Experiments In Motion Blog

The Curator's Blog

Tagged "gsapp"


Jorge Otero-Pailos


MIT Keller Gallery
Opening February 6, 2014, 6:00-8:00 PM
77 Massachusetts Avenue, Building 7, 4th floor; Cambridge, MA 02139 

Space-Time captures one third of one millionth of a second in a twelve-hour re-enactment of Harold Edgerton’s historic laboratory experiment at MIT, conducted in 1964, in which he successfully photographed a supersonic bullet travelling at Mach 2.39 through a Macintosh apple. The re-enactment pursued historical fidelity in everything but its title—Edgerton called it Bullet Through Apple. The title change is meant to shift attention to the reception of Edgerton’s work within architectural discourse as an early scientific visualization of Space-Time, a modernist concept articulated by Sigfried Giedion, and other prominent architectural theorists in the late 1930s, who were interested in the effects of high-speed motion through space on the human perception of time. They were influenced by Einstein who theorized that, paradoxically, the faster one’s relative speed through space the slower one’s relative experience of time. That is perhaps why Edgerton’s retrospective monograph of high-speed photographs was titled Stopping Time.

Movement can be a physical or a conceptual act. Physically we can change our location in space, mentally we can project ourselves in time. Preservation is an attempt, if not to stop time, then at least to slow down our experience of it by stabilizing the appearance of things over time. But the logic of Space-Time suggests that we may have been going about preservation in entirely the wrong way. Counterintuitive as it might seem, preservation might achieve its goals better by projecting conceptual movements rather than stabilizing physical forms. The re-enactment is an invitation to consider Space-Time as an enabling concept of your movement between two images taken fifty years apart.

The concept of Space-Time fell out of fashion with early modernism. Arguably the concept was born too early. It failed in part because it was brought into architectural discourse prematurely, when preservation was in its infancy and could not recognize its value and radical potential. Space-Time, like other untimely innovations (think of Paul Nipkow’s 1884 patent for television), belonged conceptually to the future.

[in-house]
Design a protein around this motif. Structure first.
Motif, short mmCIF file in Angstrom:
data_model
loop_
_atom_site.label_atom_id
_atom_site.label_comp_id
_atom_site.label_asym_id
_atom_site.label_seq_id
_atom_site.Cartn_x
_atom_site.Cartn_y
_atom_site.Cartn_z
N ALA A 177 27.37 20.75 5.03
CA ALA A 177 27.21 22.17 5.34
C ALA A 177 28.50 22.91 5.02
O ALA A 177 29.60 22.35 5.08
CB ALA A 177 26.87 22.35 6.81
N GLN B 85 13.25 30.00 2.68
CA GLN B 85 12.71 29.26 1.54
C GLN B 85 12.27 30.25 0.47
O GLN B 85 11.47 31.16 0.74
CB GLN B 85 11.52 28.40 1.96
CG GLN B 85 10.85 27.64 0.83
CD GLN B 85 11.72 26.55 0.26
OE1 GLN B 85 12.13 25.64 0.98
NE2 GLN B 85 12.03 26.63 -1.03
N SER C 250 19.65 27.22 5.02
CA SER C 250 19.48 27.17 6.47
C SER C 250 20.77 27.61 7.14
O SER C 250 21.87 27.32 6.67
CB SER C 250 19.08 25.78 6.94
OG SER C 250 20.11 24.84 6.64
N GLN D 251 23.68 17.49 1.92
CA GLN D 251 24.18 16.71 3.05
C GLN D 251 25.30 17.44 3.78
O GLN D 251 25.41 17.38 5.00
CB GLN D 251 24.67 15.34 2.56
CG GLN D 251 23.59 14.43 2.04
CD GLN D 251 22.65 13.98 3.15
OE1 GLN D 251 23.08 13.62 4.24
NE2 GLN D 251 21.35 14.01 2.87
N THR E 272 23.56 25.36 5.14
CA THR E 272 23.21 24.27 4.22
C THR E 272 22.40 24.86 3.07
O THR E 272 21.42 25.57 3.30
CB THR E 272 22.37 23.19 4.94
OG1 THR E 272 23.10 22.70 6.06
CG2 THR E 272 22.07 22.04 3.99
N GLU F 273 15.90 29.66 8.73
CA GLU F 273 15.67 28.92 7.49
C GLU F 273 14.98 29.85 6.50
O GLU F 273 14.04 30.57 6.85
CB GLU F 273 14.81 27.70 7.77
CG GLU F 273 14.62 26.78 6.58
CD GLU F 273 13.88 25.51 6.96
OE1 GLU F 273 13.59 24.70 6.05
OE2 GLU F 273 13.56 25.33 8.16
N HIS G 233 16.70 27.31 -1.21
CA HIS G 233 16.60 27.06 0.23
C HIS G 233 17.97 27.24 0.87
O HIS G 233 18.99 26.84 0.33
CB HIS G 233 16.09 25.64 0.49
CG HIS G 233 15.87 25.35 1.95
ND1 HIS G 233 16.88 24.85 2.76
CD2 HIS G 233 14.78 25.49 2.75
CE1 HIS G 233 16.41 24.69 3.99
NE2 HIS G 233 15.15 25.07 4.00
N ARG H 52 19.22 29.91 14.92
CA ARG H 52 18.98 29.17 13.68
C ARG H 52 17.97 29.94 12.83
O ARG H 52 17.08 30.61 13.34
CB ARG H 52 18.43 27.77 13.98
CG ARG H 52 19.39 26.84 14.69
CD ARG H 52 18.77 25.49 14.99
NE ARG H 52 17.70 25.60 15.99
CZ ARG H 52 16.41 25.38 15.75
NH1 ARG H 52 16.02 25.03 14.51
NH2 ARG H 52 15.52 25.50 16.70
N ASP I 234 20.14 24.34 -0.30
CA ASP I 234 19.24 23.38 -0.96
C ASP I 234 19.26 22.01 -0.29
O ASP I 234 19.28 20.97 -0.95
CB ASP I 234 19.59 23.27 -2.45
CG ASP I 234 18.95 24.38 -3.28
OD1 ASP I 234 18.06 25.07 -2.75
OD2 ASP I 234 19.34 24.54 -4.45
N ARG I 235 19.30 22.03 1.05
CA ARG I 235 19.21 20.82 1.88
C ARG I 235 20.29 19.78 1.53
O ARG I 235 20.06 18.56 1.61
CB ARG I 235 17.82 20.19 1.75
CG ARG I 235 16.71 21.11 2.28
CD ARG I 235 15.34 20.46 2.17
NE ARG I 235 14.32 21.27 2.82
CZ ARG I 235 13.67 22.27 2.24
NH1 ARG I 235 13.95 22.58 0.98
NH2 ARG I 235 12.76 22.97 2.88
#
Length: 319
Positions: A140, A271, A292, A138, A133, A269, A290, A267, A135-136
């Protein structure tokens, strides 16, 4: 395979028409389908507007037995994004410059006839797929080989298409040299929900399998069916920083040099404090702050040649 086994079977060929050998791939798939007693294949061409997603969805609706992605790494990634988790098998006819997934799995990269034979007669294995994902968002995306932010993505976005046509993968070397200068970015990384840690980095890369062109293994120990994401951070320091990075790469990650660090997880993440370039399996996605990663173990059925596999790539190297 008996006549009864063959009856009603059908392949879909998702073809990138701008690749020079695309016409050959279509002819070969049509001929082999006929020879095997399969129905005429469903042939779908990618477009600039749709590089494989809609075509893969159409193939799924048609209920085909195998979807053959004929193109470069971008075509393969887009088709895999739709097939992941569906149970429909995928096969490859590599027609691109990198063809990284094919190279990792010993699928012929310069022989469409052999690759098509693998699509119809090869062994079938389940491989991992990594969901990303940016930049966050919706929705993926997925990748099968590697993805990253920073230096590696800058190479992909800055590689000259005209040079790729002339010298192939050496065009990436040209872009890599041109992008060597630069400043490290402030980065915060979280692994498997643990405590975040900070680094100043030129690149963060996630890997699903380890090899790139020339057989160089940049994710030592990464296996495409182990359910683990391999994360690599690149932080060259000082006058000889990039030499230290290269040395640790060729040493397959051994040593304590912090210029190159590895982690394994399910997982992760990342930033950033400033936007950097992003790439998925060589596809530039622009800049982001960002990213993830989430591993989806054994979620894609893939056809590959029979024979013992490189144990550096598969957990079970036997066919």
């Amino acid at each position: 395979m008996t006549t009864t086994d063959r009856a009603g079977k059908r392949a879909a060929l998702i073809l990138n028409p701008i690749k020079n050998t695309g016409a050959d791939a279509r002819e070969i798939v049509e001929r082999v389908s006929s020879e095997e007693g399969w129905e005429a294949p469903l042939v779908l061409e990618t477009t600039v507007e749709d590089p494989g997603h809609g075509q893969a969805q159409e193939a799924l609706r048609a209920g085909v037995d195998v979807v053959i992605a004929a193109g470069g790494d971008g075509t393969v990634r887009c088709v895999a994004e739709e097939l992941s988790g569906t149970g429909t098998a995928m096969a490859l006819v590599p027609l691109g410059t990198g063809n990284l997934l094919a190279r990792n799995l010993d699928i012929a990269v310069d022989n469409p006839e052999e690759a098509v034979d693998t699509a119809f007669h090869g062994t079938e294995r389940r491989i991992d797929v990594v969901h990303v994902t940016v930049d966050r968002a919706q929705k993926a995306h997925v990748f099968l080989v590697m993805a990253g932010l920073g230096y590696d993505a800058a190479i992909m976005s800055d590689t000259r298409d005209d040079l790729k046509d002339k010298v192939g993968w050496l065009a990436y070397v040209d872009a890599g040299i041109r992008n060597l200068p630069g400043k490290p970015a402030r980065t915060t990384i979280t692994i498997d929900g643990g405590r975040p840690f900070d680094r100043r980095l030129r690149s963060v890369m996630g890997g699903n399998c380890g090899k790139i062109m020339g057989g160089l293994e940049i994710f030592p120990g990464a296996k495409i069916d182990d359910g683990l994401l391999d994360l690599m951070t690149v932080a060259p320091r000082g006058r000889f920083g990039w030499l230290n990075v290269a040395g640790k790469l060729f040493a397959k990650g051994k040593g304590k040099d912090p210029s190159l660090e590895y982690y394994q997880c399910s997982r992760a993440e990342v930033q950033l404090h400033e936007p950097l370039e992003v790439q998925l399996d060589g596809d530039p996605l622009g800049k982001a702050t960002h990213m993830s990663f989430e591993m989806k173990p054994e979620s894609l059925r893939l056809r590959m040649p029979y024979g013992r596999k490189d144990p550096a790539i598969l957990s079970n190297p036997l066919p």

*Historical artifacts provided by MIT Museum and MIT Edgerton Center; Firearms expertise and operation by Mike Conti; Film Processing and Printing by LTI Lightside; Scene set and lit, and latent image captured by Nathan Carlson Friedman, Kyle Hounsell, Theresa Mislick, James W. Bales, and Jorge Otero-Pailos.


A Year in Motion

An overview of the first year of Experiments in Motion, a partnership between Audi of America and Columbia University’s Graduate School of Architecture, Planning and Preservation.


Experiments in Motion Featured in Surface Magazine’s American Influence Issue


Experiments in Motion Exhibition

An exhibition marking the end of the first year of Experiments in Motion, a partnership between Audi of America and Columbia GSAPP through the Audi Urban Future Initiative. Open to the public at the Essex Street Warehouse in New York City September 15-24. More info here.

Experiments in Motion aims to imagine new forms of urban motion, new spaces for mobility and new visions for the future of New York City. Audi of America and Columbia University’s Graduate School of Architecture, Planning and Preservation (GSAPP), have come together for a research think tank and a series of architectural design studios with the goal of challenging both partners to rethink motion, think differently about mobility, and work together to imagine future cities. As part of the Audi Urban Future Initiative, Experiments in Motion is a research component in a world wide network that seeks to bring together experts from within Audi with architects, planners, and visionaries with the purpose of generating innovative solutions for mobility in cities.